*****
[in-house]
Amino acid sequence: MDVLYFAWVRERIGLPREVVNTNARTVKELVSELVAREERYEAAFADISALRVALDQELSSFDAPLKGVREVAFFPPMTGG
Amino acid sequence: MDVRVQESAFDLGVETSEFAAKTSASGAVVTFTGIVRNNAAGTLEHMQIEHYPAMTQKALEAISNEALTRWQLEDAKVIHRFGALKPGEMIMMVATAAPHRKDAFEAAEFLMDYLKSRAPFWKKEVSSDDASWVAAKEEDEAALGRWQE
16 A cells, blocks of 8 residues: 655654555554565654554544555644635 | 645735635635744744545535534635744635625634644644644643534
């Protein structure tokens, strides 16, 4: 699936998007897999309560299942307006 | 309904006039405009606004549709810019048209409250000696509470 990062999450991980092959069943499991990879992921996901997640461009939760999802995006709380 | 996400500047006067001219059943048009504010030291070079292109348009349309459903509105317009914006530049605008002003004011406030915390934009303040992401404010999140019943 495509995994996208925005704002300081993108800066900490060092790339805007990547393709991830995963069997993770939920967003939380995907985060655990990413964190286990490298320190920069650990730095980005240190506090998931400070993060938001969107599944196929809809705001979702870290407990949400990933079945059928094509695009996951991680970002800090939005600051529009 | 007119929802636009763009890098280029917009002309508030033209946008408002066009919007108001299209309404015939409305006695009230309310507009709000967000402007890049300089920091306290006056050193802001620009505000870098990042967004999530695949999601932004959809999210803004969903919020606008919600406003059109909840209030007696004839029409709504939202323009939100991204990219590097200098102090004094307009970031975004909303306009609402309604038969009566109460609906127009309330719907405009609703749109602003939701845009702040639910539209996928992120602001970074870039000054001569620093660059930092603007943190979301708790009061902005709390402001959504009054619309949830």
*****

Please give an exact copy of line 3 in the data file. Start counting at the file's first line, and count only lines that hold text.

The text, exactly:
Amino acid sequence: MDVRVQESAFDLGVETSEFAAKTSASGAVVTFTGIVRNNAAGTLEHMQIEHYPAMTQKALEAISNEALTRWQLEDAKVIHRFGALKPGEMIMMVATAAPHRKDAFEAAEFLMDYLKSRAPFWKKEVSSDDASWVAAKEEDEAALGRWQE